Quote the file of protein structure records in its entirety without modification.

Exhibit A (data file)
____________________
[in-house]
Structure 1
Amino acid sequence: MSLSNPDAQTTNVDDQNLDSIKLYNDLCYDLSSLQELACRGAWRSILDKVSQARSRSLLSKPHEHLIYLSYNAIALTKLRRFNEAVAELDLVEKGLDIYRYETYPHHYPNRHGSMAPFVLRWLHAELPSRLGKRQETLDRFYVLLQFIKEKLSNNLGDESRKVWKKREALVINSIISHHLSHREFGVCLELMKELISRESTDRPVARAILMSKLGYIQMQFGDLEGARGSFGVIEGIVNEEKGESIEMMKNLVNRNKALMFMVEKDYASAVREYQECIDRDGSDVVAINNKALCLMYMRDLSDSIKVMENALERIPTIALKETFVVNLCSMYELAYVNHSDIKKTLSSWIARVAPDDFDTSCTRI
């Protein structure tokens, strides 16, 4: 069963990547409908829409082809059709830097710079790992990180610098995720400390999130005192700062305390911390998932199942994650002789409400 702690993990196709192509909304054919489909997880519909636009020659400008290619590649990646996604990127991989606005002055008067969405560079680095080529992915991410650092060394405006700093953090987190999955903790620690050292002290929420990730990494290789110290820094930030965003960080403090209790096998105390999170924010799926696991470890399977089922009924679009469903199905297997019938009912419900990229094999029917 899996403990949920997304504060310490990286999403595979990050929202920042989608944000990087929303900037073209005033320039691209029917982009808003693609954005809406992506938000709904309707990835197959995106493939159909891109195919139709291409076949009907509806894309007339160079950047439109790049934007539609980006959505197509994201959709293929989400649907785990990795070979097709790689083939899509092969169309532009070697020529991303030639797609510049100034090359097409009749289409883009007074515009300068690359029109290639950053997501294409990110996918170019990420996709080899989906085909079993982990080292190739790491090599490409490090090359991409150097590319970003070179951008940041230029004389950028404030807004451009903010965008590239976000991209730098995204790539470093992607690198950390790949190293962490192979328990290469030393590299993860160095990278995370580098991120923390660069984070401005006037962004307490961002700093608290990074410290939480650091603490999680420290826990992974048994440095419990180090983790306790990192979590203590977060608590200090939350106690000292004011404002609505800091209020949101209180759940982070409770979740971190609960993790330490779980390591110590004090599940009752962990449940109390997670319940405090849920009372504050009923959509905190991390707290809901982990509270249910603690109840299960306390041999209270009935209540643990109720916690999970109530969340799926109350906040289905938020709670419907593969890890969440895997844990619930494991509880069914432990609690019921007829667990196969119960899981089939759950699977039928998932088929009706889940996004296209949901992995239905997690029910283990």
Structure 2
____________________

[in-house]
Structure 1
Amino acid sequence: MSLSNPDAQTTNVDDQNLDSIKLYNDLCYDLSSLQELACRGAWRSILDKVSQARSRSLLSKPHEHLIYLSYNAIALTKLRRFNEAVAELDLVEKGLDIYRYETYPHHYPNRHGSMAPFVLRWLHAELPSRLGKRQETLDRFYVLLQFIKEKLSNNLGDESRKVWKKREALVINSIISHHLSHREFGVCLELMKELISRESTDRPVARAILMSKLGYIQMQFGDLEGARGSFGVIEGIVNEEKGESIEMMKNLVNRNKALMFMVEKDYASAVREYQECIDRDGSDVVAINNKALCLMYMRDLSDSIKVMENALERIPTIALKETFVVNLCSMYELAYVNHSDIKKTLSSWIARVAPDDFDTSCTRI
């Protein structure tokens, strides 16, 4: 069963990547409908829409082809059709830097710079790992990180610098995720400390999130005192700062305390911390998932199942994650002789409400 702690993990196709192509909304054919489909997880519909636009020659400008290619590649990646996604990127991989606005002055008067969405560079680095080529992915991410650092060394405006700093953090987190999955903790620690050292002290929420990730990494290789110290820094930030965003960080403090209790096998105390999170924010799926696991470890399977089922009924679009469903199905297997019938009912419900990229094999029917 899996403990949920997304504060310490990286999403595979990050929202920042989608944000990087929303900037073209005033320039691209029917982009808003693609954005809406992506938000709904309707990835197959995106493939159909891109195919139709291409076949009907509806894309007339160079950047439109790049934007539609980006959505197509994201959709293929989400649907785990990795070979097709790689083939899509092969169309532009070697020529991303030639797609510049100034090359097409009749289409883009007074515009300068690359029109290639950053997501294409990110996918170019990420996709080899989906085909079993982990080292190739790491090599490409490090090359991409150097590319970003070179951008940041230029004389950028404030807004451009903010965008590239976000991209730098995204790539470093992607690198950390790949190293962490192979328990290469030393590299993860160095990278995370580098991120923390660069984070401005006037962004307490961002700093608290990074410290939480650091603490999680420290826990992974048994440095419990180090983790306790990192979590203590977060608590200090939350106690000292004011404002609505800091209020949101209180759940982070409770979740971190609960993790330490779980390591110590004090599940009752962990449940109390997670319940405090849920009372504050009923959509905190991390707290809901982990509270249910603690109840299960306390041999209270009935209540643990109720916690999970109530969340799926109350906040289905938020709670419907593969890890969440895997844990619930494991509880069914432990609690019921007829667990196969119960899981089939759950699977039928998932088929009706889940996004296209949901992995239905997690029910283990």
Structure 2